Sanctions against Iran: 'Hara-kiri' by the Europeans?

Reuters and other foreign media are subject to Iranian restrictions on their ability to film or take pictures in Tehran (Reuters/Caren Firouz)
Iran has halted oil sales to Greece in response to the EU sanctions coming into force in July. The country's Press-TV reports Tehran also cut supplies to Spain and may put on halt those to Germany and Italy.

This month Iran stopped selling crude to 2 Greek oil companies because they failed to pay their bills. It has already stopped exports of oil to Britain and France.

While Iran accounts for less than 5% of the world’s oil production for many countries it is essential. Europe is less reliant on Iran’s oil than Asian countries, but Europe’s weakest economies of Greece, Italy and Spain, heavily depend on Iranian crude.

The head of Russian state monopoly “Transneft”, says compensating for the loss of Iranian supplies which the EU will not get because of the sanctions is almost unreal.

 “It’s difficult to make up for this volume and imposing sanctions against Iran is like committing “hara-kiri” by the Europeans. And this policy of theirs can hardly be explained by common sense. It looks as an attempt not to be lagging behind a more powerful global player”, said Nikolay Tokarev.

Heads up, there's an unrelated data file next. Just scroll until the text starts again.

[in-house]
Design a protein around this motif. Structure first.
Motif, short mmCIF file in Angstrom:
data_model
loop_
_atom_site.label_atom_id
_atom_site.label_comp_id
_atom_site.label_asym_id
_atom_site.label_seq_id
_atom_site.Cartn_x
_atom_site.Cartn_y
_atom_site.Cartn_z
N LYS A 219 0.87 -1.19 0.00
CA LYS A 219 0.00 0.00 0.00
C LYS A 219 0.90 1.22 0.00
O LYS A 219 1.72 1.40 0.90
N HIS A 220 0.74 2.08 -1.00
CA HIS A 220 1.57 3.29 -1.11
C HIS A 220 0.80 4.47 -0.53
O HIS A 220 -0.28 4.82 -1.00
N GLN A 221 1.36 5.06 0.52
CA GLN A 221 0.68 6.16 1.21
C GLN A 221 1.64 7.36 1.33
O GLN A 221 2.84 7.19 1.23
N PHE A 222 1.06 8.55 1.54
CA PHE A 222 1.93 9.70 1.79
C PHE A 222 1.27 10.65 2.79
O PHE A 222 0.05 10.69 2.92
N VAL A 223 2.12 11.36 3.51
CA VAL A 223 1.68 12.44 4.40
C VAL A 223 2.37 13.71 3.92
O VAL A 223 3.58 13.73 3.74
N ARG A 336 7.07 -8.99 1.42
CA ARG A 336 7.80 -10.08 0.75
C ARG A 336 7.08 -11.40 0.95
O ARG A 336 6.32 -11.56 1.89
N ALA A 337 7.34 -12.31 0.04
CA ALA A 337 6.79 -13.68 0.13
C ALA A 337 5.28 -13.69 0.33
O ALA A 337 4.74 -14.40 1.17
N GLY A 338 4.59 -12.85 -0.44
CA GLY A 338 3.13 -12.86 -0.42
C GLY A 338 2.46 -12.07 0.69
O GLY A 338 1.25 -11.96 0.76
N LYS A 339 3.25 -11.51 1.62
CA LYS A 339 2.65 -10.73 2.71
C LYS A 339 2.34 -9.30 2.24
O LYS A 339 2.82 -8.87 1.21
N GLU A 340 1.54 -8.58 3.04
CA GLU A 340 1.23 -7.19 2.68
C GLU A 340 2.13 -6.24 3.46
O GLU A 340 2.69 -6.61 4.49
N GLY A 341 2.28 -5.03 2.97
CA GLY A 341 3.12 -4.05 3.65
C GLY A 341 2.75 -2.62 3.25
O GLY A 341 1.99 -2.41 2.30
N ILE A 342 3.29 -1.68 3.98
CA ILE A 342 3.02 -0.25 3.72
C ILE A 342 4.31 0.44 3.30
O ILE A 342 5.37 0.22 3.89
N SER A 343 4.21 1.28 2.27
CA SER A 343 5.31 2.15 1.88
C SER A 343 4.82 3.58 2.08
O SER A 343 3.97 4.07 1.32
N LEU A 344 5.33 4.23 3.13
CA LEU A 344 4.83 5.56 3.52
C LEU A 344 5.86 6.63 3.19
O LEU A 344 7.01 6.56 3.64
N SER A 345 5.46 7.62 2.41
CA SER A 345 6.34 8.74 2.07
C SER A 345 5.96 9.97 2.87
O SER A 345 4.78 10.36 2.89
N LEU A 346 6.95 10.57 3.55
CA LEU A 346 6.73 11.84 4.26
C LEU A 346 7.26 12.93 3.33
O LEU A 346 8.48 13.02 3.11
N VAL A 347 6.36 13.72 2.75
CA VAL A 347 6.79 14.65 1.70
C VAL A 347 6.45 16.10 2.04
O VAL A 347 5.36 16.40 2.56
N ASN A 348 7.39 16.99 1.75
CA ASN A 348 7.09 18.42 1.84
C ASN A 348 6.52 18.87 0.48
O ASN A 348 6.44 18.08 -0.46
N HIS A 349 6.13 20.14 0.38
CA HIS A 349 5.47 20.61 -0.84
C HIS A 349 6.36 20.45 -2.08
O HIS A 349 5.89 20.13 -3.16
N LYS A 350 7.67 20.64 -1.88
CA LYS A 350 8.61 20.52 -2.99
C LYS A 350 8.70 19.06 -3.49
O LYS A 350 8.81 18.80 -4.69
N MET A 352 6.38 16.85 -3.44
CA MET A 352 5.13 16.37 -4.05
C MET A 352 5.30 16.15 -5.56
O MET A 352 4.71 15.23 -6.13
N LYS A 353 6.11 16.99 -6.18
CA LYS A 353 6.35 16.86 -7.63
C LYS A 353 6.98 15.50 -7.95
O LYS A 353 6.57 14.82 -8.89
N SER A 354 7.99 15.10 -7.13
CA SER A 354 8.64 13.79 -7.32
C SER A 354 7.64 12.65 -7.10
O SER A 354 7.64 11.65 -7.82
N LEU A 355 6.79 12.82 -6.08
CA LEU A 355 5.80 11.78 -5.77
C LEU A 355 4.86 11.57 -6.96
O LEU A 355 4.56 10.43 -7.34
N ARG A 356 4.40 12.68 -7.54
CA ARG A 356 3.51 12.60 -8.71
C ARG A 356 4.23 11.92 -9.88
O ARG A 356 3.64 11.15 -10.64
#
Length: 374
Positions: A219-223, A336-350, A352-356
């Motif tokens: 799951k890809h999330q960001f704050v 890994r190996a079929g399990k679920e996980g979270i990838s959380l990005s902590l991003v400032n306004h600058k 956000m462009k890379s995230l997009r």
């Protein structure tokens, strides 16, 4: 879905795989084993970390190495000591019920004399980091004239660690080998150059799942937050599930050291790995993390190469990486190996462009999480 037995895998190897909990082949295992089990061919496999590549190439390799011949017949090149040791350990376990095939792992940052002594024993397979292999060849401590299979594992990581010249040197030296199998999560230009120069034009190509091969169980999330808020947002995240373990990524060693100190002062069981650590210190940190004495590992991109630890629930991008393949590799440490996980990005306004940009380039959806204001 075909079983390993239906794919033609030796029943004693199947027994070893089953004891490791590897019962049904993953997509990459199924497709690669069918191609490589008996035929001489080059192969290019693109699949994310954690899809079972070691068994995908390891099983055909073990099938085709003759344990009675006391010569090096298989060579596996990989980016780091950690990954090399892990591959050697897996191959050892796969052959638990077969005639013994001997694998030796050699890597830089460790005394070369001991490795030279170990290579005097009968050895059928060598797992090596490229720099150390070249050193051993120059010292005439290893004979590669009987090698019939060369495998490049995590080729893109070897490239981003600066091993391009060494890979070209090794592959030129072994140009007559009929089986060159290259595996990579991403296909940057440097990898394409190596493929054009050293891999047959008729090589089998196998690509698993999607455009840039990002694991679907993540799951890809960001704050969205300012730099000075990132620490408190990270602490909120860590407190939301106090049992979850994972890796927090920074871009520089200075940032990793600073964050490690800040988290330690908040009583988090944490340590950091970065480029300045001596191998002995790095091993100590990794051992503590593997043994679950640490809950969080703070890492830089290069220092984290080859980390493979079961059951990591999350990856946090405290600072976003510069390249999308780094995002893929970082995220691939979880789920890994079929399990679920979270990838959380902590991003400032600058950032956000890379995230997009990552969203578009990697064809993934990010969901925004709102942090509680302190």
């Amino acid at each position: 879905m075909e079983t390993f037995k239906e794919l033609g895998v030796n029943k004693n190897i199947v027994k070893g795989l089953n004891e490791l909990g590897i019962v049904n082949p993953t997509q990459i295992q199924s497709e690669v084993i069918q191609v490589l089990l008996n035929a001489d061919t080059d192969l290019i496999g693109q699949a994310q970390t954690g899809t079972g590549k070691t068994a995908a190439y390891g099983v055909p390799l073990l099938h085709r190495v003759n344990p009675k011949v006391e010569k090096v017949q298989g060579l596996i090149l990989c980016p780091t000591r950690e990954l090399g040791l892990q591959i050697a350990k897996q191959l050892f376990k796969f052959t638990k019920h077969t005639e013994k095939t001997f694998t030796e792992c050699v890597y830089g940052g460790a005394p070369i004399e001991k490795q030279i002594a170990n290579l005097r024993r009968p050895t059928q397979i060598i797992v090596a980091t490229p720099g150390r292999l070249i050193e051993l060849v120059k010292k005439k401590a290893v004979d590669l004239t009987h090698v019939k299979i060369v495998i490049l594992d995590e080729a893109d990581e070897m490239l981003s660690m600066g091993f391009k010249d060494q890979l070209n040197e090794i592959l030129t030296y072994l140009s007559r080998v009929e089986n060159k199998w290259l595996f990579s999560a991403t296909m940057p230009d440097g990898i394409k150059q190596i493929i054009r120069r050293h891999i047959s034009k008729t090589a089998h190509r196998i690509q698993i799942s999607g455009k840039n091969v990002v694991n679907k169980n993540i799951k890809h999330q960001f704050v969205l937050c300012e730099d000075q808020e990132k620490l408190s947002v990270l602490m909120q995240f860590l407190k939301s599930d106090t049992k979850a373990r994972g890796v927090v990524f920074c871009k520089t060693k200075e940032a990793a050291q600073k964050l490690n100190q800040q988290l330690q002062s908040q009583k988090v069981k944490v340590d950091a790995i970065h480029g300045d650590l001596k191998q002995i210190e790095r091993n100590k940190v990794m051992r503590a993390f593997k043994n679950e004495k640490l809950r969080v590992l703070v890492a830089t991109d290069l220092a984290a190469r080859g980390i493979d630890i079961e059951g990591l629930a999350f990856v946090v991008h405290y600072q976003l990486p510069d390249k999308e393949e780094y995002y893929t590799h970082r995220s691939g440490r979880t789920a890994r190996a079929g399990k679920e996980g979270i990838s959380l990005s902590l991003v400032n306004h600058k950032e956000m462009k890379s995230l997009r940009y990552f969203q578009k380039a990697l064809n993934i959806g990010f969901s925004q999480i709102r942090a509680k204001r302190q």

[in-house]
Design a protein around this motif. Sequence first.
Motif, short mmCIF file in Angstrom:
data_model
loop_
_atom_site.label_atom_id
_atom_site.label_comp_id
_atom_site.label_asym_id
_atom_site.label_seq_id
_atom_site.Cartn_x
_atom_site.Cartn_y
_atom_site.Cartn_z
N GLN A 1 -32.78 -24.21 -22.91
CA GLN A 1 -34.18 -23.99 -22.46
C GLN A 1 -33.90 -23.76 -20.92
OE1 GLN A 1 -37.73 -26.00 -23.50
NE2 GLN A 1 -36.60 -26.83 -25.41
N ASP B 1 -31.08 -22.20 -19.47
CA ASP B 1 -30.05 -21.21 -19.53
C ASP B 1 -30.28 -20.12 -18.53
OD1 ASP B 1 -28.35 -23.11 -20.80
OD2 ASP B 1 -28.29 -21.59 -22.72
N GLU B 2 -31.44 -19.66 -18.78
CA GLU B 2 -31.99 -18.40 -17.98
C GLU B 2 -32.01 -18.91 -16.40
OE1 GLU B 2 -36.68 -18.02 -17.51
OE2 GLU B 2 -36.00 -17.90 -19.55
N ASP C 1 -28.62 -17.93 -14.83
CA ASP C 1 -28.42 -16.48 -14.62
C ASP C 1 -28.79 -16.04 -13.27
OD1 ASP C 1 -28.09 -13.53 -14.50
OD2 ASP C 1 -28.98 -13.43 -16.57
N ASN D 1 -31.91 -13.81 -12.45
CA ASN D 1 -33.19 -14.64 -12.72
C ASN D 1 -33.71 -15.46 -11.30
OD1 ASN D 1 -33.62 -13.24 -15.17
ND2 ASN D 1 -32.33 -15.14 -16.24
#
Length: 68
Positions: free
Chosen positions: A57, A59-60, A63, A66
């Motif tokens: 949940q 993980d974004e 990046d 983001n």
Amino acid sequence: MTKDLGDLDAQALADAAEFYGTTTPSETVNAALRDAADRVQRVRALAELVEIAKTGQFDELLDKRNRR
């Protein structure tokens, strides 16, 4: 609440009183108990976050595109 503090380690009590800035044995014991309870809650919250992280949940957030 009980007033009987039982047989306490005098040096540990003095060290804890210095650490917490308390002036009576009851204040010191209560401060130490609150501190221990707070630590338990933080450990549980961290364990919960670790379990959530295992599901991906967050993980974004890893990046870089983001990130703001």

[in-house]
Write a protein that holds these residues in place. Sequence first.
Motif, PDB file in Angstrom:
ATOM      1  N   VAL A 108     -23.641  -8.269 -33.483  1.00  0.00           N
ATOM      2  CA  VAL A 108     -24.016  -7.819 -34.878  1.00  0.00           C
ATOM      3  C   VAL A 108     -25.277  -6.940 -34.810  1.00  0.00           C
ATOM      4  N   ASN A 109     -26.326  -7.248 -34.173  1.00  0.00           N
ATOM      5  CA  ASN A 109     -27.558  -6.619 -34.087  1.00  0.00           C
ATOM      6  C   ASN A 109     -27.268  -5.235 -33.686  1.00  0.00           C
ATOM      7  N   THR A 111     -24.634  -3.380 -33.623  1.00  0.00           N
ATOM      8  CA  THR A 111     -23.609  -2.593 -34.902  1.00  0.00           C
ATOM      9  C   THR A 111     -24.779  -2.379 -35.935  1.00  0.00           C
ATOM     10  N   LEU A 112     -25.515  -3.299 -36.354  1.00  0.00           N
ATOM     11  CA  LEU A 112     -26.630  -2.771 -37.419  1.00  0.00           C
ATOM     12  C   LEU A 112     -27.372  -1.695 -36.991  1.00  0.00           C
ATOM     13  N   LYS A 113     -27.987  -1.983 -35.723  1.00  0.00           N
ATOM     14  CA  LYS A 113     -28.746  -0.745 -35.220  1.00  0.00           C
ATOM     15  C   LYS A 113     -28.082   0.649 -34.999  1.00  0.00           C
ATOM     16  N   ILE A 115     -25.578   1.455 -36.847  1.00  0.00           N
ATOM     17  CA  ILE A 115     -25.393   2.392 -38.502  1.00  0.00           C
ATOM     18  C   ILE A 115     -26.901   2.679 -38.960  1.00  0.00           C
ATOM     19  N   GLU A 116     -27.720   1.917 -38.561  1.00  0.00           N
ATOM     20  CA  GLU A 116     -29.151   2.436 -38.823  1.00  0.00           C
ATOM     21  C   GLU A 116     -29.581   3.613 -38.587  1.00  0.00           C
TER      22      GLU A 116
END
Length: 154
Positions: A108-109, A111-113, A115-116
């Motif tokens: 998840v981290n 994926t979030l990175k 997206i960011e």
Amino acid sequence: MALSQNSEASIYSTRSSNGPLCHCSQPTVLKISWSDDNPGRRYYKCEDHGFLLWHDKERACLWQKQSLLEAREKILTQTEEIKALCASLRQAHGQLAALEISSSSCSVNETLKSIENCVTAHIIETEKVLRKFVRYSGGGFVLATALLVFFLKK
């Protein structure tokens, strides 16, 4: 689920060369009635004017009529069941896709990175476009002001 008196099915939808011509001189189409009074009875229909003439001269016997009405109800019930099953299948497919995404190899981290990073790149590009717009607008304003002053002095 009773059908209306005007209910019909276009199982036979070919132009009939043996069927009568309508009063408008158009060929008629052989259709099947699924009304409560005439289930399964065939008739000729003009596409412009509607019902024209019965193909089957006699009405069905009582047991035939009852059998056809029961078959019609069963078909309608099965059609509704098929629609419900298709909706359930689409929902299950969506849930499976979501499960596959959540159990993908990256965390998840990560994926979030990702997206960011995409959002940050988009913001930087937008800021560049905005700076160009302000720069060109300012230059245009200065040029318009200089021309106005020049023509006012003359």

Grigory Birg from Investcafe says reaching higher output and finding new sources will take a lot of time, that’s why we can’t talk about covering the Iranian oil gap.

The U.S. imposed an oil embargo against Iran, and sanctions against some Iranian companies, the country’s national bank and the Central Bank. The Americans say they will take new punitive measures targeting those buying Iranian oil. It’s believed the new sanctions will affect foreign banks dealing with Iran in oil. The EU followed suit.

According to the French Industry Minister Eric Besson, the Government says it is ready to supply the world with oil from its strategic reserves teamed up with the U.S. and the UK to reduce the record prices for petrol.